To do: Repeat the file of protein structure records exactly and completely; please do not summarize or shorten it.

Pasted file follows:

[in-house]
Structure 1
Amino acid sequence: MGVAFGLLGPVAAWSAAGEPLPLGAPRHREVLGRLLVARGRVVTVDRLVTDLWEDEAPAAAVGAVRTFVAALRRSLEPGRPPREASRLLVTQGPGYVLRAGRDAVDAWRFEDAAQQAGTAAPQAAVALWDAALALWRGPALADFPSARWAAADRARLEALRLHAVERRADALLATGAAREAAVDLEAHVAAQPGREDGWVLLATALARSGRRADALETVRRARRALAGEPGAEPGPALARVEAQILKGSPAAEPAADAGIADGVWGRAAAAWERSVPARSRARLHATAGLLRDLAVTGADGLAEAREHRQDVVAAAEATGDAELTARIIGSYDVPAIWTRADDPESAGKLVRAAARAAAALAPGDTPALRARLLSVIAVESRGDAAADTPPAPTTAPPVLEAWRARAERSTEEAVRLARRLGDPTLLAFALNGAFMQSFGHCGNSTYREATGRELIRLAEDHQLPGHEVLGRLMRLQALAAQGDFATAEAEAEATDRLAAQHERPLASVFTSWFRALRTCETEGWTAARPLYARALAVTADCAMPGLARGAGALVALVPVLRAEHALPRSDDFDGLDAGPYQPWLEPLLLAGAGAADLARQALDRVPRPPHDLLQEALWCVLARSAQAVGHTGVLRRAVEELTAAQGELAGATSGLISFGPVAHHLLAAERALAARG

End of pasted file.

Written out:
[in-house]
Structure 1
Amino acid sequence: MGVAFGLLGPVAAWSAAGEPLPLGAPRHREVLGRLLVARGRVVTVDRLVTDLWEDEAPAAAVGAVRTFVAALRRSLEPGRPPREASRLLVTQGPGYVLRAGRDAVDAWRFEDAAQQAGTAAPQAAVALWDAALALWRGPALADFPSARWAAADRARLEALRLHAVERRADALLATGAAREAAVDLEAHVAAQPGREDGWVLLATALARSGRRADALETVRRARRALAGEPGAEPGPALARVEAQILKGSPAAEPAADAGIADGVWGRAAAAWERSVPARSRARLHATAGLLRDLAVTGADGLAEAREHRQDVVAAAEATGDAELTARIIGSYDVPAIWTRADDPESAGKLVRAAARAAAALAPGDTPALRARLLSVIAVESRGDAAADTPPAPTTAPPVLEAWRARAERSTEEAVRLARRLGDPTLLAFALNGAFMQSFGHCGNSTYREATGRELIRLAEDHQLPGHEVLGRLMRLQALAAQGDFATAEAEAEATDRLAAQHERPLASVFTSWFRALRTCETEGWTAARPLYARALAVTADCAMPGLARGAGALVALVPVLRAEHALPRSDDFDGLDAGPYQPWLEPLLLAGAGAADLARQALDRVPRPPHDLLQEALWCVLARSAQAVGHTGVLRRAVEELTAAQGELAGATSGLISFGPVAHHLLAAERALAARG